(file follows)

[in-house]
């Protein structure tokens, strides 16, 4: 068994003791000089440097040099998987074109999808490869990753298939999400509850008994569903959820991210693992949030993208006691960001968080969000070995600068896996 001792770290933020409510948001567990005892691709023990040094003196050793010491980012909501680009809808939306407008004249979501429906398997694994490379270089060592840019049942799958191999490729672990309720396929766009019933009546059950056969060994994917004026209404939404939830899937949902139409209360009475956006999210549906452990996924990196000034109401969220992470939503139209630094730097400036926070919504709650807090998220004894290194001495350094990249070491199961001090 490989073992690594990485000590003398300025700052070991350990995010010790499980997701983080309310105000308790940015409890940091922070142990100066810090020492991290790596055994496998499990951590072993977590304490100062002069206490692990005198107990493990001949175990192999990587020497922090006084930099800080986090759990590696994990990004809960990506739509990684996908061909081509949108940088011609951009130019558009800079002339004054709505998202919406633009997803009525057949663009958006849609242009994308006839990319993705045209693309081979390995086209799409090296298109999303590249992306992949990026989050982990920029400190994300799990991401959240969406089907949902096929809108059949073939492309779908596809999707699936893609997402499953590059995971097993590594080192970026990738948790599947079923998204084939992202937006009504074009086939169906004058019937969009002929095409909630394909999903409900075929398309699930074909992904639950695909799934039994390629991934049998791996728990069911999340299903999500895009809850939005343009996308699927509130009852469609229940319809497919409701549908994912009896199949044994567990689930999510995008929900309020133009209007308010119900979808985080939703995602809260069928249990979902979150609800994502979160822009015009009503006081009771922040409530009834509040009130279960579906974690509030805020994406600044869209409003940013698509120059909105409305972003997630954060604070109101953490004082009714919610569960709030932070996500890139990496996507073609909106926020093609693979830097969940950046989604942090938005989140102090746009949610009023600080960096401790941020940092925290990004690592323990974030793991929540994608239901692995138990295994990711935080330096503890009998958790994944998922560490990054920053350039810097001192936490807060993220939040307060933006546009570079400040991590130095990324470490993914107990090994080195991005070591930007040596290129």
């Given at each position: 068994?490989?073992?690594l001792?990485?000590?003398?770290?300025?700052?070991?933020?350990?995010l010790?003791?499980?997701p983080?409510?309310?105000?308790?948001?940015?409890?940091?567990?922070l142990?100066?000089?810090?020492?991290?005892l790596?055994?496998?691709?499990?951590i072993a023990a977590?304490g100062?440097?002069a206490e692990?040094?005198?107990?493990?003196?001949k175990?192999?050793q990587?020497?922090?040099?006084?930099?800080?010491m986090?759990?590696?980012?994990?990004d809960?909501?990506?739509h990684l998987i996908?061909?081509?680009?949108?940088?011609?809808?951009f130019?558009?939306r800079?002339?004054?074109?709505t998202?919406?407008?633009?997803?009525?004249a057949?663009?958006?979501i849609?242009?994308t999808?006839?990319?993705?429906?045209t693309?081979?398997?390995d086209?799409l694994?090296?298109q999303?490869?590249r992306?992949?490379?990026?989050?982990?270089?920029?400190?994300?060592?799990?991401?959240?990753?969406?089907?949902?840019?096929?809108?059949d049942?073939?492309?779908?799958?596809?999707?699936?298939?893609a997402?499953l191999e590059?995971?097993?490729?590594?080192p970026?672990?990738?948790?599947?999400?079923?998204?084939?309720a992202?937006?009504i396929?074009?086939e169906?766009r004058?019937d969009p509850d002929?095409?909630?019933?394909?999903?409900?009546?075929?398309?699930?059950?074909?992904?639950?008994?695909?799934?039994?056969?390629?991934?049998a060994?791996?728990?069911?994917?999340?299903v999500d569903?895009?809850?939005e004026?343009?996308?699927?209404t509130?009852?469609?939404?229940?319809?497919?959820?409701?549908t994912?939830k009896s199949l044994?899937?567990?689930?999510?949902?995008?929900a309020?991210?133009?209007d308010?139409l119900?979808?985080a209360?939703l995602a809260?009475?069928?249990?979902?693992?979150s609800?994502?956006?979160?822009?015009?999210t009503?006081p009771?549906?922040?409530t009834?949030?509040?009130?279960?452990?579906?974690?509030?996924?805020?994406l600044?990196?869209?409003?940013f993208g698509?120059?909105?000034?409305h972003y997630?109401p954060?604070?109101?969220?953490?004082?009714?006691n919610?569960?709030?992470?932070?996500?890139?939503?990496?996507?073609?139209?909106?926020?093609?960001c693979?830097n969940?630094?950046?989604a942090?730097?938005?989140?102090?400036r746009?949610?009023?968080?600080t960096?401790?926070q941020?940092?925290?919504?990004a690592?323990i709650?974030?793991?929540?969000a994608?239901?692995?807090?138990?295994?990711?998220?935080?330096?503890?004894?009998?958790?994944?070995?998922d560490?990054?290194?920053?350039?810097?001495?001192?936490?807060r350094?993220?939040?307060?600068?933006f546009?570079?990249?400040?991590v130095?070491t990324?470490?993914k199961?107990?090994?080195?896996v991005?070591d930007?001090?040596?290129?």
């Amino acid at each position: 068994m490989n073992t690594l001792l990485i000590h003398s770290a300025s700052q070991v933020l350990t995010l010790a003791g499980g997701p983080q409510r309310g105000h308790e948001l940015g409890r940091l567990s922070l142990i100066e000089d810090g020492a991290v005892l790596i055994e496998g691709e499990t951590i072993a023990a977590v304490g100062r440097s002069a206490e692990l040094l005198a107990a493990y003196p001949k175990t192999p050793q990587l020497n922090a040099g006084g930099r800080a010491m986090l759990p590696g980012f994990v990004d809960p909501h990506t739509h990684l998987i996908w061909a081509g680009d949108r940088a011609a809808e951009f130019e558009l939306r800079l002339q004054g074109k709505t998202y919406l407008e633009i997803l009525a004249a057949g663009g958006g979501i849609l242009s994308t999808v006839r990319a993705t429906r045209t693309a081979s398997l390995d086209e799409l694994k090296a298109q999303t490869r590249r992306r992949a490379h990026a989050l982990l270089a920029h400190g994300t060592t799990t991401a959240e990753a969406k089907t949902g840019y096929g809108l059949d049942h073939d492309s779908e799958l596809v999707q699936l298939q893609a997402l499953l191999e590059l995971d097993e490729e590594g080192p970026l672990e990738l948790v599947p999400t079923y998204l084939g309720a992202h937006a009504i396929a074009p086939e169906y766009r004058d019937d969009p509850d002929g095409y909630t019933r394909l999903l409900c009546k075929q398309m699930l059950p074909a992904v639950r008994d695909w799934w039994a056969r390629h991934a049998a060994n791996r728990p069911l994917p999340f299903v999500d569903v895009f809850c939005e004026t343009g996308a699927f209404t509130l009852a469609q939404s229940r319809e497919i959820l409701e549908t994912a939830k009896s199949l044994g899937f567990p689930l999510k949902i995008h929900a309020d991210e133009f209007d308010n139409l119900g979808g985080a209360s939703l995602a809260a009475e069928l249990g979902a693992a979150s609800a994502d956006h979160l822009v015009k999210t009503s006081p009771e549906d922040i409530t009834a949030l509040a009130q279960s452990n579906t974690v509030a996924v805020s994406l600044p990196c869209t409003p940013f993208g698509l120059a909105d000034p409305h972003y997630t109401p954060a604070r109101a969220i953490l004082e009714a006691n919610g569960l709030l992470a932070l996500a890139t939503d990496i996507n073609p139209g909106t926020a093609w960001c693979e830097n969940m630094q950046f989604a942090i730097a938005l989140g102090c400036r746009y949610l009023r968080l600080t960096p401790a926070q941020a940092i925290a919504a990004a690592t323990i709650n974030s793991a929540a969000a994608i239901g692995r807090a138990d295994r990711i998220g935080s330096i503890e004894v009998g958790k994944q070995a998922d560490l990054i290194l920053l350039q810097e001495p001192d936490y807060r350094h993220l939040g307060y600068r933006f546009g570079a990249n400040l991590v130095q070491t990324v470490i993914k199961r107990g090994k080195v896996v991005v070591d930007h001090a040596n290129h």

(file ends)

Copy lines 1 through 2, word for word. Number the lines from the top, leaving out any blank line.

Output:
[in-house]
């Protein structure tokens, strides 16, 4: 068994003791000089440097040099998987074109999808490869990753298939999400509850008994569903959820991210693992949030993208006691960001968080969000070995600068896996 001792770290933020409510948001567990005892691709023990040094003196050793010491980012909501680009809808939306407008004249979501429906398997694994490379270089060592840019049942799958191999490729672990309720396929766009019933009546059950056969060994994917004026209404939404939830899937949902139409209360009475956006999210549906452990996924990196000034109401969220992470939503139209630094730097400036926070919504709650807090998220004894290194001495350094990249070491199961001090 490989073992690594990485000590003398300025700052070991350990995010010790499980997701983080309310105000308790940015409890940091922070142990100066810090020492991290790596055994496998499990951590072993977590304490100062002069206490692990005198107990493990001949175990192999990587020497922090006084930099800080986090759990590696994990990004809960990506739509990684996908061909081509949108940088011609951009130019558009800079002339004054709505998202919406633009997803009525057949663009958006849609242009994308006839990319993705045209693309081979390995086209799409090296298109999303590249992306992949990026989050982990920029400190994300799990991401959240969406089907949902096929809108059949073939492309779908596809999707699936893609997402499953590059995971097993590594080192970026990738948790599947079923998204084939992202937006009504074009086939169906004058019937969009002929095409909630394909999903409900075929398309699930074909992904639950695909799934039994390629991934049998791996728990069911999340299903999500895009809850939005343009996308699927509130009852469609229940319809497919409701549908994912009896199949044994567990689930999510995008929900309020133009209007308010119900979808985080939703995602809260069928249990979902979150609800994502979160822009015009009503006081009771922040409530009834509040009130279960579906974690509030805020994406600044869209409003940013698509120059909105409305972003997630954060604070109101953490004082009714919610569960709030932070996500890139990496996507073609909106926020093609693979830097969940950046989604942090938005989140102090746009949610009023600080960096401790941020940092925290990004690592323990974030793991929540994608239901692995138990295994990711935080330096503890009998958790994944998922560490990054920053350039810097001192936490807060993220939040307060933006546009570079400040991590130095990324470490993914107990090994080195991005070591930007040596290129």